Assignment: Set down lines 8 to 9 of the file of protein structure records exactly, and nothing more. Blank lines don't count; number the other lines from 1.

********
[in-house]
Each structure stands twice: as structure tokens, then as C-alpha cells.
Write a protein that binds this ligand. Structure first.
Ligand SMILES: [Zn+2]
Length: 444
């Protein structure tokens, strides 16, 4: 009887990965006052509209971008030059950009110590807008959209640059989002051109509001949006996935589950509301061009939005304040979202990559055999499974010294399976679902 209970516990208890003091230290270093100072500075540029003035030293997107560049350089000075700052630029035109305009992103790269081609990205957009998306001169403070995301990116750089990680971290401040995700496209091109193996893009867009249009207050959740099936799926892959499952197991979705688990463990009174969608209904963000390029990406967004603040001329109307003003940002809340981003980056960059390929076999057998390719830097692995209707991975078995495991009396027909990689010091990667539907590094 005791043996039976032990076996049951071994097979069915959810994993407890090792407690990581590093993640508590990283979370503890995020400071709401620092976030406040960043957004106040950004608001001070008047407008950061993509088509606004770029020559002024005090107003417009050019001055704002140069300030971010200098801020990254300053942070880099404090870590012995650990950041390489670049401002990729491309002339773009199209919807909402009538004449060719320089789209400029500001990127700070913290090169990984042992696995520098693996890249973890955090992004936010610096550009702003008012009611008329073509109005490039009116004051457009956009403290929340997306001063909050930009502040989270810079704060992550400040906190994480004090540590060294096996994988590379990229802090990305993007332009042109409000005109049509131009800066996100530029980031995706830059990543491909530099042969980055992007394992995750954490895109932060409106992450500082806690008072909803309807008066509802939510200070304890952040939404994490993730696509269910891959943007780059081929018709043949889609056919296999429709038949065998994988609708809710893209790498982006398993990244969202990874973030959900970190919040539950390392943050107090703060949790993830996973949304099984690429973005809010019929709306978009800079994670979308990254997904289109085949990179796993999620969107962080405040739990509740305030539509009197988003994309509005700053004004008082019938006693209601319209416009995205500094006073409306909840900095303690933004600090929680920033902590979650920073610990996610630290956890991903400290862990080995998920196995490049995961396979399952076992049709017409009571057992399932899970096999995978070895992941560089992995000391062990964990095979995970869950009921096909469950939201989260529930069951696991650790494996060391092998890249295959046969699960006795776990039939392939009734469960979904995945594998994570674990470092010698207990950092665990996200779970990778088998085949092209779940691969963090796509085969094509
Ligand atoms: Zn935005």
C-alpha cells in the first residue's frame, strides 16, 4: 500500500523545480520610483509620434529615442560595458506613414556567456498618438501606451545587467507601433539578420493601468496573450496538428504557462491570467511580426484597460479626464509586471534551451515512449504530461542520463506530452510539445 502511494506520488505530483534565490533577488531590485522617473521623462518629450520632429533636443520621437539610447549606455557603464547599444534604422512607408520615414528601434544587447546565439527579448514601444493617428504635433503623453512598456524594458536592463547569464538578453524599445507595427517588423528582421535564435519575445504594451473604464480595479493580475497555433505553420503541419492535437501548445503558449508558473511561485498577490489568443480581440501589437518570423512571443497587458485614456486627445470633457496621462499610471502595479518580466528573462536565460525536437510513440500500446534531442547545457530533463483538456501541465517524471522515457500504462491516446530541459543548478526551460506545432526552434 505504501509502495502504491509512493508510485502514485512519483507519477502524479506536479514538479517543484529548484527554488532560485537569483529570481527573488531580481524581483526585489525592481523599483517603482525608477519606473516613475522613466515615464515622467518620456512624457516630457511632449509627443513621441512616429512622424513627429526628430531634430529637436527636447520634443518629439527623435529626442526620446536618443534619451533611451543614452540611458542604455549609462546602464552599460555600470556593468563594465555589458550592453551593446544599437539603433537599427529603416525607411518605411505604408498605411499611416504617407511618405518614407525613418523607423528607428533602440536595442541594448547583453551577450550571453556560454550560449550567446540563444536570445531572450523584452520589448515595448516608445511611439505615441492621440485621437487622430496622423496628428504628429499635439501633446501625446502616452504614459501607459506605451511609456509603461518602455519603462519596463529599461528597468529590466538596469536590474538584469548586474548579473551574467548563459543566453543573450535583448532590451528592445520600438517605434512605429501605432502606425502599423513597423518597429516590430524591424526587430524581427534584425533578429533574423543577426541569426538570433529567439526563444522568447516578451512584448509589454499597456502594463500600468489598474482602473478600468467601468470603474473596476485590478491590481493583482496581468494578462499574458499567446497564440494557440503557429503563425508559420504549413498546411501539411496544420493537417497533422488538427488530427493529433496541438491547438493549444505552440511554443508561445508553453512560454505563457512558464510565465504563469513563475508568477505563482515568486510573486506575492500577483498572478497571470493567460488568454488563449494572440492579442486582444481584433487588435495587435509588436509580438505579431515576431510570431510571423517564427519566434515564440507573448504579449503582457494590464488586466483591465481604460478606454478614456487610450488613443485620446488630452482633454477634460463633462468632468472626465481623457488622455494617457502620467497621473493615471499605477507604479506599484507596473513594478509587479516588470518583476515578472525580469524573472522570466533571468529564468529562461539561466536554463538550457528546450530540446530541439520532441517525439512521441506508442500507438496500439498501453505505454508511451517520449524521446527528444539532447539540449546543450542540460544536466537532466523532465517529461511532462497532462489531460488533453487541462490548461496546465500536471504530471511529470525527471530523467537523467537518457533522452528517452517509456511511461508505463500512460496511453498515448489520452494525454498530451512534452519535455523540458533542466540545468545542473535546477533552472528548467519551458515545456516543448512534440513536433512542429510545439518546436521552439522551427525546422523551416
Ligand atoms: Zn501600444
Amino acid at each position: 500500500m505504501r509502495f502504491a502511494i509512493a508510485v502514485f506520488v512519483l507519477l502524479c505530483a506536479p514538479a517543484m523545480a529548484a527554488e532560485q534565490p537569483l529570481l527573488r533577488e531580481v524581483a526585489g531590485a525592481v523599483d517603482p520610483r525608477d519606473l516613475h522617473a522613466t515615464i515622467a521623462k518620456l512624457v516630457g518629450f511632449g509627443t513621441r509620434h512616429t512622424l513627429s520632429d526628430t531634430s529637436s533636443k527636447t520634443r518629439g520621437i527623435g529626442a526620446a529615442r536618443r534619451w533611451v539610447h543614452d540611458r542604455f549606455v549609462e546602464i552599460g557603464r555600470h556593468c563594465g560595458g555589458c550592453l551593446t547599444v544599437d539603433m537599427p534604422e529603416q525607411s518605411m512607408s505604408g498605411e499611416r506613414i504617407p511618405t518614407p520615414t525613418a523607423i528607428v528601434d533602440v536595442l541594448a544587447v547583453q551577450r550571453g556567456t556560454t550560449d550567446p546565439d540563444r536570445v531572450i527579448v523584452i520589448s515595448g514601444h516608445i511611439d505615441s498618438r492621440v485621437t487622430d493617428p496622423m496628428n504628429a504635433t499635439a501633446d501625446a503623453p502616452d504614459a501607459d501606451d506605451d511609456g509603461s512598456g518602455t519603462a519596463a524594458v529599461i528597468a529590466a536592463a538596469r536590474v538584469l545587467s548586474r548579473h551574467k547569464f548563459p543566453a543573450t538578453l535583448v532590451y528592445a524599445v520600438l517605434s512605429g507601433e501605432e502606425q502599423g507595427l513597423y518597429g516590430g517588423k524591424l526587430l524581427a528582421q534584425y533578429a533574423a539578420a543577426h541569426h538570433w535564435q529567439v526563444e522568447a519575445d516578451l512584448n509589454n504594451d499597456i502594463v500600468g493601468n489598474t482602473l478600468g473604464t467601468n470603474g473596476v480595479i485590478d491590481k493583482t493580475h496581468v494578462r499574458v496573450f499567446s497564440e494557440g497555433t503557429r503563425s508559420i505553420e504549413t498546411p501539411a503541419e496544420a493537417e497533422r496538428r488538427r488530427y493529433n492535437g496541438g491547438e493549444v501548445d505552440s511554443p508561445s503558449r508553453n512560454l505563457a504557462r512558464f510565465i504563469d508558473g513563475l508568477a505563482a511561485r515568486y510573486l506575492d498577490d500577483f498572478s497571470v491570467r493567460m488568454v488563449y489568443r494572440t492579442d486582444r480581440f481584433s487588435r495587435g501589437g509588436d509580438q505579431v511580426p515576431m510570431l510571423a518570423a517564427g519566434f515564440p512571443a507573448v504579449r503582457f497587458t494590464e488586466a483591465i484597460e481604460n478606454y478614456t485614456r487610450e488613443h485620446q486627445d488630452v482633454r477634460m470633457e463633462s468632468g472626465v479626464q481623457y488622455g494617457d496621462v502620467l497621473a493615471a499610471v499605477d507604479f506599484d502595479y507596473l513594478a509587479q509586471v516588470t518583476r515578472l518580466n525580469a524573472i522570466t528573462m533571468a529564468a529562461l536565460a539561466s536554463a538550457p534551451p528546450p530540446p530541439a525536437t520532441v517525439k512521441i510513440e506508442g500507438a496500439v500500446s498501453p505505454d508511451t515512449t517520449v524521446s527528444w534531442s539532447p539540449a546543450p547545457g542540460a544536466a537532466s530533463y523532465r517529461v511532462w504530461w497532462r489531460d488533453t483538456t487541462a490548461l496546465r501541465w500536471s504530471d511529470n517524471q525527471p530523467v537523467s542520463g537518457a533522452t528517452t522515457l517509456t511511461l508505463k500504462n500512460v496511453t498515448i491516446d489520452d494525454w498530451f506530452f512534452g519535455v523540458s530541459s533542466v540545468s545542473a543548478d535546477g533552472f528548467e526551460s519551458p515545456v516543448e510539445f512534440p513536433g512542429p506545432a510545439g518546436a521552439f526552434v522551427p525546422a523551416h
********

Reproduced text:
C-alpha cells in the first residue's frame, strides 16, 4: 500500500523545480520610483509620434529615442560595458506613414556567456498618438501606451545587467507601433539578420493601468496573450496538428504557462491570467511580426484597460479626464509586471534551451515512449504530461542520463506530452510539445 502511494506520488505530483534565490533577488531590485522617473521623462518629450520632429533636443520621437539610447549606455557603464547599444534604422512607408520615414528601434544587447546565439527579448514601444493617428504635433503623453512598456524594458536592463547569464538578453524599445507595427517588423528582421535564435519575445504594451473604464480595479493580475497555433505553420503541419492535437501548445503558449508558473511561485498577490489568443480581440501589437518570423512571443497587458485614456486627445470633457496621462499610471502595479518580466528573462536565460525536437510513440500500446534531442547545457530533463483538456501541465517524471522515457500504462491516446530541459543548478526551460506545432526552434 505504501509502495502504491509512493508510485502514485512519483507519477502524479506536479514538479517543484529548484527554488532560485537569483529570481527573488531580481524581483526585489525592481523599483517603482525608477519606473516613475522613466515615464515622467518620456512624457516630457511632449509627443513621441512616429512622424513627429526628430531634430529637436527636447520634443518629439527623435529626442526620446536618443534619451533611451543614452540611458542604455549609462546602464552599460555600470556593468563594465555589458550592453551593446544599437539603433537599427529603416525607411518605411505604408498605411499611416504617407511618405518614407525613418523607423528607428533602440536595442541594448547583453551577450550571453556560454550560449550567446540563444536570445531572450523584452520589448515595448516608445511611439505615441492621440485621437487622430496622423496628428504628429499635439501633446501625446502616452504614459501607459506605451511609456509603461518602455519603462519596463529599461528597468529590466538596469536590474538584469548586474548579473551574467548563459543566453543573450535583448532590451528592445520600438517605434512605429501605432502606425502599423513597423518597429516590430524591424526587430524581427534584425533578429533574423543577426541569426538570433529567439526563444522568447516578451512584448509589454499597456502594463500600468489598474482602473478600468467601468470603474473596476485590478491590481493583482496581468494578462499574458499567446497564440494557440503557429503563425508559420504549413498546411501539411496544420493537417497533422488538427488530427493529433496541438491547438493549444505552440511554443508561445508553453512560454505563457512558464510565465504563469513563475508568477505563482515568486510573486506575492500577483498572478497571470493567460488568454488563449494572440492579442486582444481584433487588435495587435509588436509580438505579431515576431510570431510571423517564427519566434515564440507573448504579449503582457494590464488586466483591465481604460478606454478614456487610450488613443485620446488630452482633454477634460463633462468632468472626465481623457488622455494617457502620467497621473493615471499605477507604479506599484507596473513594478509587479516588470518583476515578472525580469524573472522570466533571468529564468529562461539561466536554463538550457528546450530540446530541439520532441517525439512521441506508442500507438496500439498501453505505454508511451517520449524521446527528444539532447539540449546543450542540460544536466537532466523532465517529461511532462497532462489531460488533453487541462490548461496546465500536471504530471511529470525527471530523467537523467537518457533522452528517452517509456511511461508505463500512460496511453498515448489520452494525454498530451512534452519535455523540458533542466540545468545542473535546477533552472528548467519551458515545456516543448512534440513536433512542429510545439518546436521552439522551427525546422523551416
Ligand atoms: Zn501600444